Despite gains in medium-duty segments, a steep plunge in heavy-duty truck sales pulled U.S. big trucks down 3.3% to 32,019 deliveries in April.
Heavy-duty trucks fell 13.6% on a daily rate basis, as most manufacturers reported losses, WardsAuto data shows. Volume totaled 13,836 units, down from 16,633 year-ago, and pushed year-to-date 2017 sales to 50,773 vehicles, 25.9% below like-2016’s 68,493.
PACCAR’s Peterbilt was the only truck maker in this segment to post a gain, up a mere 1.8% from year-ago on 2,285 units. Sister-brand Kenworth dropped 5.0%, resulting in PACCAR sliding 1.7% overall and losing four percentage points in market share. Daimler’s Freightliner (-18.9%) and Western Star (-7.1%) also posted losses for the month. International fell 15.8% to 1,535 units from April 2016’s 1,893.
Medium-duty truck sales gained 6.3% to 18,183 deliveries. Trailing only 1.0% behind like-2016, year-to-date sales totaled 70,095 compared with 70,768 in like-2016.
Class 7 was the only medium-duty segment to decline in April, dropping 8.6% to 4,469 units. Group leader Freightliner gained 6.4% in sales and 7.5 percentage points in market share with 2,376 units. Runner up was International with a 13.7% rise and 4.6 percentage-point increase in market share. Ford plummeted 76.5% to 189 units from 836 year-ago. A 6.1% spike at PACCAR’s Kenworth wasn’t enough to offset sister-brand Peterbilt’s 20.9% decline.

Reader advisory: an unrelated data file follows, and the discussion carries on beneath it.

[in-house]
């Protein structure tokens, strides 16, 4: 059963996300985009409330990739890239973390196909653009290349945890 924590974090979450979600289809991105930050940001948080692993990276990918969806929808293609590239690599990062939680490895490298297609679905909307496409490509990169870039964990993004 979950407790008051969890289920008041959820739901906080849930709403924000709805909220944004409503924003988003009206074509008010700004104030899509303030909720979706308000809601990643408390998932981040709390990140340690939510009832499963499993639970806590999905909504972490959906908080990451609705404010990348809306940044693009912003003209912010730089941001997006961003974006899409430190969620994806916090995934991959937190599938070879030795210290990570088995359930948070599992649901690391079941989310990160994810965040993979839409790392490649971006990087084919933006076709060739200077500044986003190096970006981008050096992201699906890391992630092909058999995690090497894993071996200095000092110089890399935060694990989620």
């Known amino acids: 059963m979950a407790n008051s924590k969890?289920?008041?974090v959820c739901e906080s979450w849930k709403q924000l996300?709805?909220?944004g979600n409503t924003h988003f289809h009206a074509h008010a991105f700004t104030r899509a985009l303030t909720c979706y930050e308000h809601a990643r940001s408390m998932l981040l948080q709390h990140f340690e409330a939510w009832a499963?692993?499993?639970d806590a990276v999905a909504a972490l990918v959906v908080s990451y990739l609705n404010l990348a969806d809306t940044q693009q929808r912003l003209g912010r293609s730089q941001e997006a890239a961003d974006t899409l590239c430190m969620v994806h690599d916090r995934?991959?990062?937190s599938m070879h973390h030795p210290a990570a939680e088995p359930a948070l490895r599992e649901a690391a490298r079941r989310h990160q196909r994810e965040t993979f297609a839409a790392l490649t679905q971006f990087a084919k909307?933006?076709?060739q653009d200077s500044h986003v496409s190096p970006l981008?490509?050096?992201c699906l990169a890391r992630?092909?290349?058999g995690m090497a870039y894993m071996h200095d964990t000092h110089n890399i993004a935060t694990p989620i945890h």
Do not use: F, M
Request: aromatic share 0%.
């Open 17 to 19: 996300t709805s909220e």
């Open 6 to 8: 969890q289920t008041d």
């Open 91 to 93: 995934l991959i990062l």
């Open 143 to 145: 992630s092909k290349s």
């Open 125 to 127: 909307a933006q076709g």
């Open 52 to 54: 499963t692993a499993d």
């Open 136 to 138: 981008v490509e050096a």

Except for International’s slight tumble of 0.8%, all manufacturers posted large gains, resulting in a 13.0% surge in Class 6 sales. Peterbilt saw the greatest improvement in the segment with a 263.5% jump in sales, but on small volume of 49 units. Market-share leader Ford grew 12.2%. Freightliner (21.5%) and Hino (23.7%) also posted double-digit gains.
With increases in both domestic and import lines, sales in Class 5 rose 8.7% year-over-year in April. Daimler plunged 68.8% to 61 units from year-ago’s 203. Mitsubishi Fuso’s 149.2% surge couldn’t offset Freightliner’s 74.3% drop. Ford remains group leader with 67.8% market share with 4,466 deliveries. Hino and International’s import lines grew 42.2% and 11.2%, respectively. International’s domestically built units took a 17.3% dive.
With gains from all but one manufacturer, Class 4 sales reached 1,620 units, 25.5% above like-2016. Although having lost market share, Isuzu was up from year-ago with domestics increasing 12.2% and imports 13.9%. Ford was the only truck maker unable to post a gain in April, dropping 34.4% and losing 10.8 points in market share. Daimler soared 415.4% on volume of 134, increasing market share to 2.0% from 0.4%. Hino nearly tripled in volume, from 45 units last April to 118, a 172.8% increase.
Through the first four months of 2017, U.S. sales of medium- and heavy-duty trucks totaled 120,868 units, 13.2% below like-2016.
Class 8 inventory totaled 33,554, resulting in 63 days’ supply, down considerably from last year’s 83. Medium-duty truck makers ended the month with 59,911 units in stock, an 86 days’ supply. That compares with 60,423 and 92 days’ supply in like-2016.